Findings also indicated a relation between students’ performance- avoidance goals and their tendency to use motivational-regulation strategies. Performance-avoidance goal orientation was significantly and positively correlated to five of the eight motivational-regulation strategies. Furthermore, performance-avoidance goal orientation was an individual predictor for six of the eight motivational regulation strategies. Hence, students who expressed a greater orientation toward performance-avoidance goals reported that they would more frequently try to maintain or increase their effort and persistence at English learning tasks by:
- • highlighting the mastery and performance related reasons to complete the tasks, providing themselves with extrinsic rewards;
- • thinking about the consequences of doing poorly in English learning, reducing or avoiding distractions in the environment or the bad mood; or
- • enhancing their efficacy on English learning.
These results contradict prior findings that a strong performance- avoidance goal orientation has been associated with lower levels of selfregulatory behavior or other maladaptive academic outcomes (Elliot, 1999; Elliot & Harackiewicz, 1996; Middleton & Midgley, 1997; Urdan, Ryan, Anderman, & Gheen, 2002). The results of the present study suggest that students who express a greater focus on performance-avoidance goals may easily encounter motivational problems but at the same time they try to deal with these problems using certain motivational-regulation strategies. Wolters (2004) also indicate that students who focus on performance-avoidance goals may lack the motivational willingness, but not necessarily the cognitive skills, needed to be academically successful.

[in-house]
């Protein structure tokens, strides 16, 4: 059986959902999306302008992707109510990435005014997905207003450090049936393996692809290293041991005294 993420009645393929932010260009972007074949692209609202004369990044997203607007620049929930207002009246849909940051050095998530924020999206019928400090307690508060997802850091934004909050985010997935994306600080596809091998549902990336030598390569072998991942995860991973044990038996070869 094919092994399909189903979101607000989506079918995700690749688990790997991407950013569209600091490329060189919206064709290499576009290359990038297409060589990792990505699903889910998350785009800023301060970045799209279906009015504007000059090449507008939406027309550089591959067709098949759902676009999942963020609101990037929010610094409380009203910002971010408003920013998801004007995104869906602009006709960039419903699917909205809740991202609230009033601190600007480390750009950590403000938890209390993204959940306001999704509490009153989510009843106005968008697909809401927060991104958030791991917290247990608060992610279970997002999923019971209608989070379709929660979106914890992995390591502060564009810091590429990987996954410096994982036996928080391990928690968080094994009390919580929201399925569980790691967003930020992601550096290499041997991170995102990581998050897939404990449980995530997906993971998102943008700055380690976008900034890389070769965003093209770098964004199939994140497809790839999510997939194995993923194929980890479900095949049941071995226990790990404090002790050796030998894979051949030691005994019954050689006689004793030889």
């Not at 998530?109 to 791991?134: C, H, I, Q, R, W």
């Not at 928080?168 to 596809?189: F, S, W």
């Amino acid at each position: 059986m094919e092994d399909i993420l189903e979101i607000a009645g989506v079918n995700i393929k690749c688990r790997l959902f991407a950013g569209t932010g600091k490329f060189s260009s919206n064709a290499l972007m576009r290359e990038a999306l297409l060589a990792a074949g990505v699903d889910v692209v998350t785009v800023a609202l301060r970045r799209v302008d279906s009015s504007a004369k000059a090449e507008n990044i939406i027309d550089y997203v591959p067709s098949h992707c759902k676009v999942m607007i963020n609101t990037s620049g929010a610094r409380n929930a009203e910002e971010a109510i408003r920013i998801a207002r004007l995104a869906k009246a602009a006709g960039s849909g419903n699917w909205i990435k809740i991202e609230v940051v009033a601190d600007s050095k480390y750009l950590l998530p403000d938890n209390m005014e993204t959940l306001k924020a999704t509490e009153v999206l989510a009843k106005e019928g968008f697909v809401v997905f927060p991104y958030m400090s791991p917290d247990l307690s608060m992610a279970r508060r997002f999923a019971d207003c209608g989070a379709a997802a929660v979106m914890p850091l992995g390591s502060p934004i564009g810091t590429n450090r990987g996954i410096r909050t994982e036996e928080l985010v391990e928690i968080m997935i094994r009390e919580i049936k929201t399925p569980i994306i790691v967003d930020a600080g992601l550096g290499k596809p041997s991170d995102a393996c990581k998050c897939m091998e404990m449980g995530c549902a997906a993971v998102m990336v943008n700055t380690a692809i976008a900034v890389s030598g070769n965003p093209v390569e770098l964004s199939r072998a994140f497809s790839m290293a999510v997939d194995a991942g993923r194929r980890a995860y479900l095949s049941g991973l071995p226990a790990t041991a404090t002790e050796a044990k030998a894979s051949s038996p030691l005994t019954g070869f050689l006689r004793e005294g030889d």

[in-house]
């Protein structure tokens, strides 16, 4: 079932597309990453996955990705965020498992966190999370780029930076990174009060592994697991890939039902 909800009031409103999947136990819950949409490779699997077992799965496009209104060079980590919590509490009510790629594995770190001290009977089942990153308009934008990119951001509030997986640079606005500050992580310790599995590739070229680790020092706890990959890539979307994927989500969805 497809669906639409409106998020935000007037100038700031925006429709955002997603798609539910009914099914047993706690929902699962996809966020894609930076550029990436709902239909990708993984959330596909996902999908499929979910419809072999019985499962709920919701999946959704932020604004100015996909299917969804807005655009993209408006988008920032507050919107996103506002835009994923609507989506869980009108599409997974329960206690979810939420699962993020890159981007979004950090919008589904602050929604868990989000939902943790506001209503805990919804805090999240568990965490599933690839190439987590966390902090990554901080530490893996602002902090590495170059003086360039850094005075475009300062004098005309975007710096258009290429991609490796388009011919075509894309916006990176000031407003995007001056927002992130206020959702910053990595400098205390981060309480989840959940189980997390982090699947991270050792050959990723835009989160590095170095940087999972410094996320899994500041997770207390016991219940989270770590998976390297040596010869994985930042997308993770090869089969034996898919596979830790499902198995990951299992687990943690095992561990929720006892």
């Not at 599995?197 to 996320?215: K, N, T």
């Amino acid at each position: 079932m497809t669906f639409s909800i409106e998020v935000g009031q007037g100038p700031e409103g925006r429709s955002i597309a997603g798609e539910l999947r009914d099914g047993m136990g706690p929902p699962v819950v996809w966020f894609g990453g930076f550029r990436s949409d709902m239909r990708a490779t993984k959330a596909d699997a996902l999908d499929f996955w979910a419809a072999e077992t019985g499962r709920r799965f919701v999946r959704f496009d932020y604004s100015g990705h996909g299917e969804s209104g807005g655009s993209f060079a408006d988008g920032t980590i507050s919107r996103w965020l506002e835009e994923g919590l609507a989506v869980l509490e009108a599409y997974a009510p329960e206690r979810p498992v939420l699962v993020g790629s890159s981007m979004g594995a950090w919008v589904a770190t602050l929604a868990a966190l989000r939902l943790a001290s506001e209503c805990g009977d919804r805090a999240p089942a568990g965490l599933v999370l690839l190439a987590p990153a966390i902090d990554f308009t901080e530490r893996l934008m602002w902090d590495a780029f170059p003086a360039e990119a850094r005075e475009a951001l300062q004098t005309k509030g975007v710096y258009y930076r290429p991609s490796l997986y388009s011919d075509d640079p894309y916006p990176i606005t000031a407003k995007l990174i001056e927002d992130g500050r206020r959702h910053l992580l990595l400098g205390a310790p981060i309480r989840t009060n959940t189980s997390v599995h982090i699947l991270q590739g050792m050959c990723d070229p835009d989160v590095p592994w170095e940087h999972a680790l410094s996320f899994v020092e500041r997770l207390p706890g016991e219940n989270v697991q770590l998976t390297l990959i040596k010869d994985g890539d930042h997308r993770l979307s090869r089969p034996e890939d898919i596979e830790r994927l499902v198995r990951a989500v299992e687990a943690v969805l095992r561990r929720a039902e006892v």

Self-efficacy was significantly and positively correlated to each of the eight motivational-regulation strategies. Furthermore, multiple regression analyses indicated that self-efficacy was a significant individual predictor for four of the eight motivational-regulation strategies: interest enhancement, mastery self-talk, self-efficacy enhancement, and volitional control. Consequently, students who were more confident in their ability to do well in English learning were more likely to maintain or increase their effort and persistence at English learning tasks by: increasing their interest on the task or situational enjoyment of the task; highlighting the mastery related reasons to complete the task; enhancing the efficacy for English learning; or reducing or avoiding the distractions in the environment or bad mood. This finding is consistent with those of prior research in which self-efficacy was found to be positively related to indicators of students’ effort and persistence for academic tasks (Bandura, 1997; Schunk, 1990, 1991).